As healthcare workers, we are doing what we have been trained to do — what comes instinctively to the many who have heard a calling to care for their fellow human beings. COVID-19 has a lot of unknowns and is still evolving. Those in healthcare are navigating a delicate balance between being there for our families and answering our call of duty to care for our communities — consciously separating ourselves from our loved ones, as our care of others puts those close to us at higher risk of exposure. While we know it is for the best, it’s a tough sacrifice.
However, we are inspired as we work to meet the challenge before all of us. We are inspired by the support of our communities, the courage of our patients, and the dedication of the care team we work with every day. For many of us, the hours have been long as we care for our patients and plan for the many challenges still to come, but through the difficulty we remain hopeful.
We are hopeful because we are in this together.
As Northern Light Health, we are more than 12,000 dedicated individuals who rally together to combat this insidious, invisible virus. Every day, new circumstances arise and priorities shift, but we adapt, using evidence-based data and science as our guiding principle to try to predict what may lay right around the corner. Between patient visits, we stand together united on multiple calls a day, starting at dawn and lasting well into the evening hours to plan for the days ahead. This planning has asked of us to push the traditional boundaries of healthcare.
While we continue to care for each patient with compassion, the response to this pandemic calls us to develop new protocols and provide that care in new, innovative ways. It also asks us to think differently about how we use our supplies and designate our response teams. There is a learning curve, but we thank each of our Northern Light Health colleagues in Maine, as each new advance we develop brings us closer to conquering this unprecedented public health crisis.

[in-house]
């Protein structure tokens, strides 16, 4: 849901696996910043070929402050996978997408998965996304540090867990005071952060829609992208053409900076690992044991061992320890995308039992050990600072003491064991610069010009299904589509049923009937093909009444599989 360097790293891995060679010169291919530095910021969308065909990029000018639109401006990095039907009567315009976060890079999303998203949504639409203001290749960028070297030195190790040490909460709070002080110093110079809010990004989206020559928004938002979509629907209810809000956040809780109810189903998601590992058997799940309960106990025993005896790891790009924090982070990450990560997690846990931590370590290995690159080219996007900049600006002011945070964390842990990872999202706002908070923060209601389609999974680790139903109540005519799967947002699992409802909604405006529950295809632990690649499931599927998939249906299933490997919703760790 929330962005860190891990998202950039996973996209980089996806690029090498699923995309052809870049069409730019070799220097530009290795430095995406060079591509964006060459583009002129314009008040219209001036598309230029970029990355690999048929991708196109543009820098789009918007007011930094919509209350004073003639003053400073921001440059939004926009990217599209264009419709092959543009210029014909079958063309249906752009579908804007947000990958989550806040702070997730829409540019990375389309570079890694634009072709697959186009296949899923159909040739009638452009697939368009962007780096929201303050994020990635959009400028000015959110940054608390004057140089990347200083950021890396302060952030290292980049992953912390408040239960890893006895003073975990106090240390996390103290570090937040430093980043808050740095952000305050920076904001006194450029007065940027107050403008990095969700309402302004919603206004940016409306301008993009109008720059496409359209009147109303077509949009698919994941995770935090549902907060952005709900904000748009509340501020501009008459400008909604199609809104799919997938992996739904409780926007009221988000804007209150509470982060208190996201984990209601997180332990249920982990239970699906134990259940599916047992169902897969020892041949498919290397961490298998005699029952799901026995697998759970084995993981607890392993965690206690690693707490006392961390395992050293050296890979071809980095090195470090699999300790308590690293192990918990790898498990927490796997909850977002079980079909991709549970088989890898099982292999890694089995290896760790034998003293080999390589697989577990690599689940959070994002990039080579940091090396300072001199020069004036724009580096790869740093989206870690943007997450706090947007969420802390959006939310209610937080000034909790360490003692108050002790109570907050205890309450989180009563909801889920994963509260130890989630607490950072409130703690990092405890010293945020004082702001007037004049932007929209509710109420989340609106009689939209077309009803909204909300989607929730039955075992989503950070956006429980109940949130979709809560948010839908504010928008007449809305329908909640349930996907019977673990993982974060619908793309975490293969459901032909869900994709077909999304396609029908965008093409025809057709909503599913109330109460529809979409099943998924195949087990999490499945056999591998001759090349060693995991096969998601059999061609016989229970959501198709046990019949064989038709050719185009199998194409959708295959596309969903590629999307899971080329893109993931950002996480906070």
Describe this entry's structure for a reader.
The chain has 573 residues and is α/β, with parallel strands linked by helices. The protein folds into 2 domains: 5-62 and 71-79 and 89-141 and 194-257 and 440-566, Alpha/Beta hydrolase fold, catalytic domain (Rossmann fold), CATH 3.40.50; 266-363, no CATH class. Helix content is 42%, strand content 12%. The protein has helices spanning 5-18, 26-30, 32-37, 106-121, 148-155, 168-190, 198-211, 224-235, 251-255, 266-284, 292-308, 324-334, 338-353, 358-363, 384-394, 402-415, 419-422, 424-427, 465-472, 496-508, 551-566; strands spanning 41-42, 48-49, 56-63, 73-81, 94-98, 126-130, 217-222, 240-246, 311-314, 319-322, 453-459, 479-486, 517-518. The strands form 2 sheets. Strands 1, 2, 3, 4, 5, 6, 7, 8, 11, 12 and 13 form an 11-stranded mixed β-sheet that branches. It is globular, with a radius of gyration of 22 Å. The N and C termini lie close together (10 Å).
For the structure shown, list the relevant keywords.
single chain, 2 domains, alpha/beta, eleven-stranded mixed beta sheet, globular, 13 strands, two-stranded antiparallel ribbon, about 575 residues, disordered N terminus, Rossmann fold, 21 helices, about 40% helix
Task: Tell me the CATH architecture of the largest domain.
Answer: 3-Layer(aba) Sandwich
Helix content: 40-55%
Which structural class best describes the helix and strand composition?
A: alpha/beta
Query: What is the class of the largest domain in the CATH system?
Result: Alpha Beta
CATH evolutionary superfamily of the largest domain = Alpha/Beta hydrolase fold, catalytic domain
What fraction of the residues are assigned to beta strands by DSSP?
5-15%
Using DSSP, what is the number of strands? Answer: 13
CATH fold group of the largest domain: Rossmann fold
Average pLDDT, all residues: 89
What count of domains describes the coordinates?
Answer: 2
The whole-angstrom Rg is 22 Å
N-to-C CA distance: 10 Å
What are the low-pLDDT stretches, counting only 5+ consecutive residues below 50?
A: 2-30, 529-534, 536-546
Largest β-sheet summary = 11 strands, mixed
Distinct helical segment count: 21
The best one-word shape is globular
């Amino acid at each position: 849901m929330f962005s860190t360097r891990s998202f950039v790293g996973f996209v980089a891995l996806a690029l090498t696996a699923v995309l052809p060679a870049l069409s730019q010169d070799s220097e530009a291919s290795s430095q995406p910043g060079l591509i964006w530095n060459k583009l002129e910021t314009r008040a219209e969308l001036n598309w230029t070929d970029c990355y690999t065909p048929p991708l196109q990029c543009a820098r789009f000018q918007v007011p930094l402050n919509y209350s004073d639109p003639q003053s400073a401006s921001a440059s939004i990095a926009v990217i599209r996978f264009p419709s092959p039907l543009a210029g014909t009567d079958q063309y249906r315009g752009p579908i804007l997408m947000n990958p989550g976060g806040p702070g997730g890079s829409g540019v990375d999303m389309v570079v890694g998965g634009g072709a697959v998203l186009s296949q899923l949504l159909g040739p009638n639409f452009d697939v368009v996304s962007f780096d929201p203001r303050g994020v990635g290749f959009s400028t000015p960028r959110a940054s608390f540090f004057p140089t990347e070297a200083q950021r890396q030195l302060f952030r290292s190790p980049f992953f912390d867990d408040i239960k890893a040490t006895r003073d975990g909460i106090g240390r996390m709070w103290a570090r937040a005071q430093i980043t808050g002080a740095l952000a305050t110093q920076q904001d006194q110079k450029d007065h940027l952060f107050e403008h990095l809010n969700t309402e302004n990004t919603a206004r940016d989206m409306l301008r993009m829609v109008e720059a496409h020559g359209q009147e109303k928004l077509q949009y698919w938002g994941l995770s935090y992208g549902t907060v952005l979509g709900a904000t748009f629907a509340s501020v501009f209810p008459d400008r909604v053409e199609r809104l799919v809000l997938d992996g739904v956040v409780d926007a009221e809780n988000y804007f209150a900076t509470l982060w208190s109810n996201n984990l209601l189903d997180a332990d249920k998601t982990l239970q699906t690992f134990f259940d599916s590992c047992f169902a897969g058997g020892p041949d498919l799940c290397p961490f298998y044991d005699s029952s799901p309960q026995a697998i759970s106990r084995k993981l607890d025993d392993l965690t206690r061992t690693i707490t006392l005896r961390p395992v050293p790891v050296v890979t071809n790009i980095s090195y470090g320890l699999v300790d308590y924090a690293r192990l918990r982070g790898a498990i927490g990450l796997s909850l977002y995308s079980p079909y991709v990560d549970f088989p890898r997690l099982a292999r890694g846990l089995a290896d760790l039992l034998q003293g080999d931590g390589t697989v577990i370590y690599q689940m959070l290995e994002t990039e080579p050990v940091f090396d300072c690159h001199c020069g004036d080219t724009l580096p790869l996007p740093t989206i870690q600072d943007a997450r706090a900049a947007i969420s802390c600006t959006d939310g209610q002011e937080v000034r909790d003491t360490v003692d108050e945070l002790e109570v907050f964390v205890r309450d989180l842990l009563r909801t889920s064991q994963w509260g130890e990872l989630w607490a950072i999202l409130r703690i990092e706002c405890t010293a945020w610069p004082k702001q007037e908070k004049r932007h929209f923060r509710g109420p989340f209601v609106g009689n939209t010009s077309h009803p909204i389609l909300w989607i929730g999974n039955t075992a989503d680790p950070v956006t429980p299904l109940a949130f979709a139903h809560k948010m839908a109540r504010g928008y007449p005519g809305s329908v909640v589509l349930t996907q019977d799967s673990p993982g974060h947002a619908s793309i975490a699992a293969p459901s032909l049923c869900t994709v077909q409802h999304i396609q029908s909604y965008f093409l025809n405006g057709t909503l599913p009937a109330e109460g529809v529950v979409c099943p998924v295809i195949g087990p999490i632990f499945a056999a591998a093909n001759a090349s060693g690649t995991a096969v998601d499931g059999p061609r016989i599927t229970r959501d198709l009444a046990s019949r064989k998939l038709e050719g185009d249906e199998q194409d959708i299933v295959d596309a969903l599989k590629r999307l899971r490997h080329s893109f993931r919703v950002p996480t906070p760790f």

People in our communities also continuously feed our hope and optimism and keep us going. Mainers have rolled up their sleeves and rallied together in support of each other and for all of us in healthcare. Whether it’s a homemade sign of encouragement, the donation of personal protective equipment, or the offering of therapeutic socks for teams spending long hours on the floor, we are so appreciative of the hundreds of community members who have reached out.
Thank you. We appreciate you recognizing us and letting us know our efforts are worthwhile.
We are hopeful and inspired, but the fight is not done. We know you are also weary and anxious. We hear your concern and understand your frustration — but we urge you to remain vigilant. There will be a temptation to drop in and visit with a close friend or share coffee with a neighbor. And, while we all want to do these things that were once part of our daily lives, we ask that you continue to do those things at a safe distance. Your decision to not visit a vulnerable loved one could save their life. We understand the sacrifice, but the more we all do what is necessary now, the sooner we will be back to our routines that we so dearly miss. We want that for you, and we want that for all of us in healthcare who are trying to remain steadfast so that we may be there for you when you need us most.
You also may be confused by mixed messages that may be circulating on social media or other forums. This can be scary, but remember to seek guidance from credible sources, such as the Centers for Disease Control, the World Health Organization, and your own providers. We’re here to help. Don’t be led astray by the not-so-helpful rumor mill.
And, finally, don’t give up. We speak for so many of us in healthcare when we say have hope, stay strong, and remain vigilant. Together, we will get through this.
Karl-Heinz Spittler is chief of anesthesiology at Northern Light Eastern Maine Medical Center. Gavin Ducker is a family physician, senior physician executive and vice president of medical affairs at Northern Light Inland Hospital. They are co-presidents of the Northern Light Medical Group.